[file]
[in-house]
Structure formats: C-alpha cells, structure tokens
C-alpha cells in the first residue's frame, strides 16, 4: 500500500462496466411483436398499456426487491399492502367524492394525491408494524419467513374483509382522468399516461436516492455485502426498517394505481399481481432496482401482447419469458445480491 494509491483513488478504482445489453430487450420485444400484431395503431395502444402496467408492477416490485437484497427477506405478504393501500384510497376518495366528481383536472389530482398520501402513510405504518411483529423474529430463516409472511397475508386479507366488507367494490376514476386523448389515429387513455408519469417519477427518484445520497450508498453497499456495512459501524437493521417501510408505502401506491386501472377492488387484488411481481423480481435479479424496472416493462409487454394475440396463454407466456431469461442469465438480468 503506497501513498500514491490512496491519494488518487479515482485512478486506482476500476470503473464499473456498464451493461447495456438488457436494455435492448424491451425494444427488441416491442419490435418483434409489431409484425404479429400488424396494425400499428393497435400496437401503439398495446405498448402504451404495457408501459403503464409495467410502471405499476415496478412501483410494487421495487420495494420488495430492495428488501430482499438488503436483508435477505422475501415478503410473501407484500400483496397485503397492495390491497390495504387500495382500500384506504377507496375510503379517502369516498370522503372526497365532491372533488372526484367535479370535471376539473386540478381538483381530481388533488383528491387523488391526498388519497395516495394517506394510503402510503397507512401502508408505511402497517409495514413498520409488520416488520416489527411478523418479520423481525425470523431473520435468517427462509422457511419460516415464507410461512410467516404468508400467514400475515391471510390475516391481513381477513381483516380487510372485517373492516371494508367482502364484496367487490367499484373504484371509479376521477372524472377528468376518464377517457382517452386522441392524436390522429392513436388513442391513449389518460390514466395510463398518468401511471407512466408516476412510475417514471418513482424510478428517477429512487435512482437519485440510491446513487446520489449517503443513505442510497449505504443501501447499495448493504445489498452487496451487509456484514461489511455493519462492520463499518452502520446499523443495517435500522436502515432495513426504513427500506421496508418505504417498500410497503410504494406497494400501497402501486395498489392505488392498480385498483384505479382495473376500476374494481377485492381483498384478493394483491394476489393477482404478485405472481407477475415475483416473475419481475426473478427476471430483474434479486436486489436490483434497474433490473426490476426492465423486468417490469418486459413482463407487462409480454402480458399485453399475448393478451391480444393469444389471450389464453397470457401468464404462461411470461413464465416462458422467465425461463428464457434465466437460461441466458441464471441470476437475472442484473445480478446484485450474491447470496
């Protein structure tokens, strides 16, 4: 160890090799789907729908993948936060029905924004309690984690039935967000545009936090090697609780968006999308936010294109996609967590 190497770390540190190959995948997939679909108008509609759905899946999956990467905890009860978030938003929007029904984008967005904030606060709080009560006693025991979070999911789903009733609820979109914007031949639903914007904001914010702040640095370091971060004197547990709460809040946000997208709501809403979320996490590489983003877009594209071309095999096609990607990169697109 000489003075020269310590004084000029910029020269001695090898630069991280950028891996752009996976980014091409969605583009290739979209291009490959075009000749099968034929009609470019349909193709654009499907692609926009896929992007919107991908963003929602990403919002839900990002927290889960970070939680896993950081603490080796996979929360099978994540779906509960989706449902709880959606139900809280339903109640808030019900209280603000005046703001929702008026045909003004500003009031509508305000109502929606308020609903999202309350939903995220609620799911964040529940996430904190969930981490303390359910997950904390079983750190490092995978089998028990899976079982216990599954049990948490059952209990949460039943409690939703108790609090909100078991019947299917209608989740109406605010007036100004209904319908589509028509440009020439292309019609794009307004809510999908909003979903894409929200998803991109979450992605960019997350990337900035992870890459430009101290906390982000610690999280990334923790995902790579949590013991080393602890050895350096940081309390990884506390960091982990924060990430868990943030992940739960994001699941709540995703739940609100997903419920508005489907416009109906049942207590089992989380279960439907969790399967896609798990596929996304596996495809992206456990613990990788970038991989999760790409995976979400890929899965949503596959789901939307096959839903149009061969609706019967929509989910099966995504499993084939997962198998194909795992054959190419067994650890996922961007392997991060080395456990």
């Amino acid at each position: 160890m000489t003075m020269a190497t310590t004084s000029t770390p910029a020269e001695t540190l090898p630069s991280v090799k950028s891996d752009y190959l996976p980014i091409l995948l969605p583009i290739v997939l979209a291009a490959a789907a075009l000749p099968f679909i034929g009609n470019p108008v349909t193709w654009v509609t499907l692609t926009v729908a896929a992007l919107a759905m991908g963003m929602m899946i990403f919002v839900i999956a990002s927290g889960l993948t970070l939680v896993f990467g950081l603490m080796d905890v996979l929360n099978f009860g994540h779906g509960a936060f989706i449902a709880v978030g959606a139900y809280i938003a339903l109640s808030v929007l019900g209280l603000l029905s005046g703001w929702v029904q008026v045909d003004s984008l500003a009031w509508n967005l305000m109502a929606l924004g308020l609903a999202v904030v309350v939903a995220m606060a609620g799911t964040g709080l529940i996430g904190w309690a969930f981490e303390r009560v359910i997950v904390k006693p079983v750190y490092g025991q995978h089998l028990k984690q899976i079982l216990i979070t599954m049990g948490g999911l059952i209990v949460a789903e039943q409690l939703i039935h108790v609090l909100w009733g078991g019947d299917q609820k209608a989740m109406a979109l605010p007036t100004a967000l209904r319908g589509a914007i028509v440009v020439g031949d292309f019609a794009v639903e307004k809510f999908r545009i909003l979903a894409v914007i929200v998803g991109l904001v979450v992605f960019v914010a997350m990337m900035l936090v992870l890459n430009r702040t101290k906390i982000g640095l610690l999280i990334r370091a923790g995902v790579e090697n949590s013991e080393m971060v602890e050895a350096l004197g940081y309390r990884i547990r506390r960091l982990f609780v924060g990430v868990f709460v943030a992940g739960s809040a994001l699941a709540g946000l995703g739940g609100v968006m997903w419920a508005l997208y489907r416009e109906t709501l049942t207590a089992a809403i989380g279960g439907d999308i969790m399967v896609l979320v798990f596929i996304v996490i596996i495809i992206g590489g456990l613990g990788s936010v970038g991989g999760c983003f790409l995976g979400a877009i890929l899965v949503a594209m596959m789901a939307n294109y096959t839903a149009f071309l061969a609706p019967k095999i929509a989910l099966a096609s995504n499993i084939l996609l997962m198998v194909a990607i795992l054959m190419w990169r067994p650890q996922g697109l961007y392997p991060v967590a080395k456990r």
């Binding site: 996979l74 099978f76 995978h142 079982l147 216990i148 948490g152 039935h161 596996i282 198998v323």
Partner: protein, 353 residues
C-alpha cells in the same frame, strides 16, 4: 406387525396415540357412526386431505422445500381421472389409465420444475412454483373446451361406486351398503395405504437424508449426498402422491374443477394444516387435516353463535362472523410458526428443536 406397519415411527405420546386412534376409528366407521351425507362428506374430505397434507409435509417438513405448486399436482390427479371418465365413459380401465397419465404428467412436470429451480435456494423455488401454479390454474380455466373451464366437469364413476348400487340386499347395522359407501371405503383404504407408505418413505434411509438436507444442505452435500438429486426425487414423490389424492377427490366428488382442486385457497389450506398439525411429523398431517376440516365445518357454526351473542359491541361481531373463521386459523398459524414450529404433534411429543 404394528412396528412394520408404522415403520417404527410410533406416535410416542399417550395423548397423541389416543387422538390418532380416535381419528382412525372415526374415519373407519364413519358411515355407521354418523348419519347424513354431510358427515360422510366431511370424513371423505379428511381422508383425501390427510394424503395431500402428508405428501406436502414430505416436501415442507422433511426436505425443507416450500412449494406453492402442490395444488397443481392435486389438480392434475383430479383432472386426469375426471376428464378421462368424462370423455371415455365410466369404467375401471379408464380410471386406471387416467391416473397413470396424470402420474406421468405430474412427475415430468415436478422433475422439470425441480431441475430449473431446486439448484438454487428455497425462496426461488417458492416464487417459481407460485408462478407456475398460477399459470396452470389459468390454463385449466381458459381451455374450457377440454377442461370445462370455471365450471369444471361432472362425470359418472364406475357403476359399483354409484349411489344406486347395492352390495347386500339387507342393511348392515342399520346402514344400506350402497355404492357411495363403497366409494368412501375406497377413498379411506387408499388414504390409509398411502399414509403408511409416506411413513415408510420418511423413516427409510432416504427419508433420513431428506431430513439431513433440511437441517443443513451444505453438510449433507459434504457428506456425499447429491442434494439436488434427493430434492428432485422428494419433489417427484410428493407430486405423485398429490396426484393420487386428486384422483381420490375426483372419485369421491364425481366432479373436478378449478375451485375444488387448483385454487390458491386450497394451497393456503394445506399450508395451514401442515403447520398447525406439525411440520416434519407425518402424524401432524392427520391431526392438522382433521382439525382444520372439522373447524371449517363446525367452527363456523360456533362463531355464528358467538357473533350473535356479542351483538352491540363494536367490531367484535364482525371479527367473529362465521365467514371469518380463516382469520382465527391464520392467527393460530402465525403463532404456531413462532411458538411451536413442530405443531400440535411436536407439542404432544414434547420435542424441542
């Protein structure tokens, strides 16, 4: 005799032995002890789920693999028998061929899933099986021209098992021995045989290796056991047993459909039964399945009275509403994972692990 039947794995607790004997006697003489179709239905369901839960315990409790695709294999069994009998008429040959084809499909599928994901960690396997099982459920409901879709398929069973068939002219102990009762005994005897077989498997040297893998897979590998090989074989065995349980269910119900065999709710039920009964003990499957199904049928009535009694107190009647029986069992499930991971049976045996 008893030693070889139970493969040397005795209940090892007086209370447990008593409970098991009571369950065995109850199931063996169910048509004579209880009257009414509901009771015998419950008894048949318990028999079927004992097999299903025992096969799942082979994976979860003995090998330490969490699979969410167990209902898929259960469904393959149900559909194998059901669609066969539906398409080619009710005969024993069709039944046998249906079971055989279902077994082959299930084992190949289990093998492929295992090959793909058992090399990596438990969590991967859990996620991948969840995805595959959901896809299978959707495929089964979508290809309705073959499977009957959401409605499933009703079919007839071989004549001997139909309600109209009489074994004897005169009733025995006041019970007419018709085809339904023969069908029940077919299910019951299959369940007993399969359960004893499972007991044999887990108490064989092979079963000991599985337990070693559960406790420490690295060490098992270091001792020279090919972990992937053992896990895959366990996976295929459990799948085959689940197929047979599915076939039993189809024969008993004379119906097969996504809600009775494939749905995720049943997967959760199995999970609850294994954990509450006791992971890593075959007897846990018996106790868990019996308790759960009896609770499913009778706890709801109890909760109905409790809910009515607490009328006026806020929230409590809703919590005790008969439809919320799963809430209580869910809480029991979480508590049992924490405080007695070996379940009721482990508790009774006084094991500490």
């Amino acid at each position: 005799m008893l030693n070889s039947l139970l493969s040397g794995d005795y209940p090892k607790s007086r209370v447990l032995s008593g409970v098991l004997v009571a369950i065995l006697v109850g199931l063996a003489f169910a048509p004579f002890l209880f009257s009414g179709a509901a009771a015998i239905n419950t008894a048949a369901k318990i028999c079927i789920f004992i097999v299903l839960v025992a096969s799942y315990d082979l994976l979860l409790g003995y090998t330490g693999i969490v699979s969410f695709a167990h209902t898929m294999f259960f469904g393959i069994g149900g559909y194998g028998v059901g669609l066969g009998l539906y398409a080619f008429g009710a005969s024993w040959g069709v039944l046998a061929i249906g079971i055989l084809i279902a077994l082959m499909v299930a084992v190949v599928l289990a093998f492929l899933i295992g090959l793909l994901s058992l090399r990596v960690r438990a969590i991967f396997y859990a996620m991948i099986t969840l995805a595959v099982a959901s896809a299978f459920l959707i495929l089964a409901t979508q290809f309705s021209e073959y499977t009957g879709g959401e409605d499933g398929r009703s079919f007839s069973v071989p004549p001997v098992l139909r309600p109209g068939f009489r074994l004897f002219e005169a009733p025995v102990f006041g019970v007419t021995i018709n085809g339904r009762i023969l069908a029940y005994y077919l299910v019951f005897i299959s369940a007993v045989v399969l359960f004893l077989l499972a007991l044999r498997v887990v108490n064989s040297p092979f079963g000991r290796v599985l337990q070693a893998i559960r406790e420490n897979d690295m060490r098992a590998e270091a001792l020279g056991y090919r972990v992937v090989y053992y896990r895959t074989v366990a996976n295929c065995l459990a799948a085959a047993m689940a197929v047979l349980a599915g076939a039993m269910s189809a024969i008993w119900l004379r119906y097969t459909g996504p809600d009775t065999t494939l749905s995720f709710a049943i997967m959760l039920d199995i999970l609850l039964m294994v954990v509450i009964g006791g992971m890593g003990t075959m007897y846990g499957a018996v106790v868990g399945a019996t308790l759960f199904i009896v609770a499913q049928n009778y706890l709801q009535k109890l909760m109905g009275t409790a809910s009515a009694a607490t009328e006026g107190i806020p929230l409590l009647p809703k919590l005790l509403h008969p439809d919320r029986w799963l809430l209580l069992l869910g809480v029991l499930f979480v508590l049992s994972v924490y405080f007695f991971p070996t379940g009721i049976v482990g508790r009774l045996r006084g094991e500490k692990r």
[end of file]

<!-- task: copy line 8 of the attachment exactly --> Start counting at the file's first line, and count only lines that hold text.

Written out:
C-alpha cells in the same frame, strides 16, 4: 406387525396415540357412526386431505422445500381421472389409465420444475412454483373446451361406486351398503395405504437424508449426498402422491374443477394444516387435516353463535362472523410458526428443536 406397519415411527405420546386412534376409528366407521351425507362428506374430505397434507409435509417438513405448486399436482390427479371418465365413459380401465397419465404428467412436470429451480435456494423455488401454479390454474380455466373451464366437469364413476348400487340386499347395522359407501371405503383404504407408505418413505434411509438436507444442505452435500438429486426425487414423490389424492377427490366428488382442486385457497389450506398439525411429523398431517376440516365445518357454526351473542359491541361481531373463521386459523398459524414450529404433534411429543 404394528412396528412394520408404522415403520417404527410410533406416535410416542399417550395423548397423541389416543387422538390418532380416535381419528382412525372415526374415519373407519364413519358411515355407521354418523348419519347424513354431510358427515360422510366431511370424513371423505379428511381422508383425501390427510394424503395431500402428508405428501406436502414430505416436501415442507422433511426436505425443507416450500412449494406453492402442490395444488397443481392435486389438480392434475383430479383432472386426469375426471376428464378421462368424462370423455371415455365410466369404467375401471379408464380410471386406471387416467391416473397413470396424470402420474406421468405430474412427475415430468415436478422433475422439470425441480431441475430449473431446486439448484438454487428455497425462496426461488417458492416464487417459481407460485408462478407456475398460477399459470396452470389459468390454463385449466381458459381451455374450457377440454377442461370445462370455471365450471369444471361432472362425470359418472364406475357403476359399483354409484349411489344406486347395492352390495347386500339387507342393511348392515342399520346402514344400506350402497355404492357411495363403497366409494368412501375406497377413498379411506387408499388414504390409509398411502399414509403408511409416506411413513415408510420418511423413516427409510432416504427419508433420513431428506431430513439431513433440511437441517443443513451444505453438510449433507459434504457428506456425499447429491442434494439436488434427493430434492428432485422428494419433489417427484410428493407430486405423485398429490396426484393420487386428486384422483381420490375426483372419485369421491364425481366432479373436478378449478375451485375444488387448483385454487390458491386450497394451497393456503394445506399450508395451514401442515403447520398447525406439525411440520416434519407425518402424524401432524392427520391431526392438522382433521382439525382444520372439522373447524371449517363446525367452527363456523360456533362463531355464528358467538357473533350473535356479542351483538352491540363494536367490531367484535364482525371479527367473529362465521365467514371469518380463516382469520382465527391464520392467527393460530402465525403463532404456531413462532411458538411451536413442530405443531400440535411436536407439542404432544414434547420435542424441542